BC Liberals’ “Quick Win,” Sounds More Like “Quicky” – No Foreplay, No Emotions, Straight Boom! Bang! Done! Thank You – Ethnic Guy-Gal!.


By Suresh Kurl

1992 will remain a memorable year in my life. This was the year when some of my friends and acquaintances encouraged me to throw my hat in the ring to contest for the riding presidency of the Liberal Party of Canada. Until then, I had never contested for any office, not even for a dogcatcher.

I turned my zeal machine on; made hot and cold calls, and abracadabra, I won the election. But the victory was disheartening.  The desirable and unwelcome outcome of it was that I lost friends. There were a whole bunch of individuals on the opposition team, I used to admire, left me. When the results were announced some of them looked at me as though I was their arch enemy. From then on, nothing grew between us but bitterness.

One of the opponents commented, “Most of those people [I and my Indo-Canadian supporters] have no idea of Liberal principles. They did not even know how to fill out a ballot.”

Today, even after more than twenty years, I feel time has not changed the thinking of exclusivity. What karma! The only difference is that in 1992, we were intellectual dwarfs, cultural savages not versed in Liberal principles. Today, we are a vote bank for Quick Wins.

When I came across the phase, “Quick Win,” believe me, the first word that came to mind was, a “Quicky,” how about a quicky — no foreplay, no emotions, straight down to the business. Boom! Bang! Done! Feels revitalised, like a winner. Now, let’s move forward.

Another apology for the same shameful mistreatment, why? Was it going to boost the morale of the poor Chinese railroad labourers and make them forget the financial and emotional trauma they went through? They are dead.

Was it designed to comfort the families of the 376 Koma-gata-maru passengers after one hundred years?  Are you kidding? So, what was the purpose of this insincere apology?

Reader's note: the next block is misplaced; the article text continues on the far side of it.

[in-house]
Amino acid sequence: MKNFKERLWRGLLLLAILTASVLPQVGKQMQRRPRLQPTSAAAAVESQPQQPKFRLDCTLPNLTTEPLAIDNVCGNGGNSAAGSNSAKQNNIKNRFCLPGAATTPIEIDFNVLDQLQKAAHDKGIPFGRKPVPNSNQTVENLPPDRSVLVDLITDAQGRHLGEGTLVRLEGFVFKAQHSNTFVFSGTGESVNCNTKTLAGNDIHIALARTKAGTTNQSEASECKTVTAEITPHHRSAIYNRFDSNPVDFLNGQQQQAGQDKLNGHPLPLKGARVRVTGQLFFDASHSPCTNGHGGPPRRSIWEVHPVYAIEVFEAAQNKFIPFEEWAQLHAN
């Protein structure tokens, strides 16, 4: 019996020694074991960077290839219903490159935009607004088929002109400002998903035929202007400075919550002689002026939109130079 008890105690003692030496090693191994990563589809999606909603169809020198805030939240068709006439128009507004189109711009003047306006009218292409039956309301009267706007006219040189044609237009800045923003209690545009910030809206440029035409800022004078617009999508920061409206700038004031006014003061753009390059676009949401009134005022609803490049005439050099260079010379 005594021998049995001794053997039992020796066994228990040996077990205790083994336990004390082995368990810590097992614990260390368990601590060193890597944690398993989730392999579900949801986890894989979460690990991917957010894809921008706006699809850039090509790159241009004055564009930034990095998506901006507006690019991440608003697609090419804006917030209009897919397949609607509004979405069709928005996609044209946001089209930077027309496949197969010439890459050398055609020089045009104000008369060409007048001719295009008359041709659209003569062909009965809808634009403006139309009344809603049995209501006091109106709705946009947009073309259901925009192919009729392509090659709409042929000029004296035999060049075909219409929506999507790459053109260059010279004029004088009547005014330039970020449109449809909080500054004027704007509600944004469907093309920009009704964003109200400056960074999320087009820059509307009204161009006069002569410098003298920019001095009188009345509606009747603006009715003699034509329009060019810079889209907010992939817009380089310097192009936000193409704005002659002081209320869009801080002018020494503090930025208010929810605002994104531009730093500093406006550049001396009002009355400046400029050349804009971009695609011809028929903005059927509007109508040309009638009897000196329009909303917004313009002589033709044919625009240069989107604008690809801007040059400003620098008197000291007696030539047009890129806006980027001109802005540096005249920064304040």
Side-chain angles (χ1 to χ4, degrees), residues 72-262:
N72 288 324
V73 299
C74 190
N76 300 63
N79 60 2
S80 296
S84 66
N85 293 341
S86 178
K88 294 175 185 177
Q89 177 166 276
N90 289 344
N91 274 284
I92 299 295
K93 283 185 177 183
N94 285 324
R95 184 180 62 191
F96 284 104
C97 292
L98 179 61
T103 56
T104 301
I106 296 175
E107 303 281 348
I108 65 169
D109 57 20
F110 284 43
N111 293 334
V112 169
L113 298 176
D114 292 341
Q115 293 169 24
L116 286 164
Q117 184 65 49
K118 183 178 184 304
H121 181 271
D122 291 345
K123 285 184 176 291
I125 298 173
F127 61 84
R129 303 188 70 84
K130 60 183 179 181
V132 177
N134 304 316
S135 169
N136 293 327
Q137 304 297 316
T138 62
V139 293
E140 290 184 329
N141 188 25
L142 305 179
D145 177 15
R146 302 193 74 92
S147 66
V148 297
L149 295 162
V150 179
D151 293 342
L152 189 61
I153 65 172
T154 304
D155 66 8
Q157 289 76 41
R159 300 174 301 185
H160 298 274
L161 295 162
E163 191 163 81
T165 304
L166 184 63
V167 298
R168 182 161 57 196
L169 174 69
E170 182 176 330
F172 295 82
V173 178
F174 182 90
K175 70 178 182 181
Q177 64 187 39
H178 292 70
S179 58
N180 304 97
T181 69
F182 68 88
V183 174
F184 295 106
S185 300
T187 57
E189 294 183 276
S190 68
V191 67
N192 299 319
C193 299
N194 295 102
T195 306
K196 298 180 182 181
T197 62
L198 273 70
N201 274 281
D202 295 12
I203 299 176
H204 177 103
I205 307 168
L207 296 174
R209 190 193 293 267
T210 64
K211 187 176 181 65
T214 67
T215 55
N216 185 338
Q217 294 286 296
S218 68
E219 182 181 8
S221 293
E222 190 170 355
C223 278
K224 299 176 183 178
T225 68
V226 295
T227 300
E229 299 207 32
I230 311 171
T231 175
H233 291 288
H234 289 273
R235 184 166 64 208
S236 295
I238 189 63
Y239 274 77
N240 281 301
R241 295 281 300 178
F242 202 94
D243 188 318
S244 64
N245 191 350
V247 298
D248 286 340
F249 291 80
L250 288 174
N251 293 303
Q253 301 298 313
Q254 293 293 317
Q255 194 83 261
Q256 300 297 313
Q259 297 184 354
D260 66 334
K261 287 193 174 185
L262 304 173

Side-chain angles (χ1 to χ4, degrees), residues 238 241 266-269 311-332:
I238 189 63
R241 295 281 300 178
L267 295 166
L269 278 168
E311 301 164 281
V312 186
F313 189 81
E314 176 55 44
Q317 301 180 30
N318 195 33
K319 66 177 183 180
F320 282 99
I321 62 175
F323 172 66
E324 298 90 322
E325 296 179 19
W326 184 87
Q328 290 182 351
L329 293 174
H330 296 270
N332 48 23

What really burnt my Basmati rice pudding cooked with nuts, cardamom seeds and saffron, was when I read that the government has been engaged in identifying ethnic employees, or I should call them, “ethnic agents” to serve the government a Quick Win. How presumptuous!

This crude ethnics approach reminds me of a personal story. In the 1980s, when I had been managing a district office for the BC Government, I had a much larger complement of staff members for the office space I had been assigned to accommodate. Most of them shared their offices space with each other. That was not only inconvenient, but also inconvenient for their clients. They complained about the lack of privacy.

One day, I discovered some empty space sitting in the basement of the building. But the access to it was from outside.  I discussed the empty basement with my staff and wrote to my immediate supervisor suggesting that if access to the space down below could be provided from our floor directly, we could solve our space problem. He listened to our proposal and forwarded it to the individual responsible to help solve space problems.

One day, a gentleman from Victoria showed up unannounced. Let us name him, Mr. X.  Unfortunately, I was absent from the office that day. But he wasn’t going to waste anytime waiting for me. He approached my Office Manager and presented her his plan.  She advised him that she had no authority to discuss, approve or alter the plan I had submitted, as it had been developed by the entire team.

In response to her comments, Mr. X told her that our proposal was too costly to accept. During that conversation he also suggested that he would send me someone, who spoke my language to explain the cost implications.  She instantly sensed where Mr. X was going with his “someone who speaks my language”.

The next day, when I arrived I found an angry looking office manager awaiting me in my office.  That was a bit unusual. “Is everything all right” I asked. In response, she narrated her conversation with Mr. X, including his remark that he would send me someone who spoke my language. I asked her if she could put her conversation with Mr. X in writing for me, which she did, which she did and I sent that off to my superiors.

Mr. X was not kidding. He sent me a Punjabi speaking fellow to convey his financial concerns. But in view of his boss’s alleged comment, my staff was unwilling to discuss any space issues with anyone until we were given a clarification on my language skills.

Mr. X denied making any language-comment. My supervisor started pressuring me into withdrawing the complaint. However, he also assured me that if I withdrew my complaint my office would get every alteration we had proposed.

As the comfort of my staff and clients’ privacy issues were more important to me than a racial slight, I chose drop the complaint. His crude racial fiasco ended in us getting what we needed.

Let me assure you racism is not dead. It is still alive breathing and kicking. It has only changed it costume. Now it appears donned in ethnic garbs.

Richmond, BC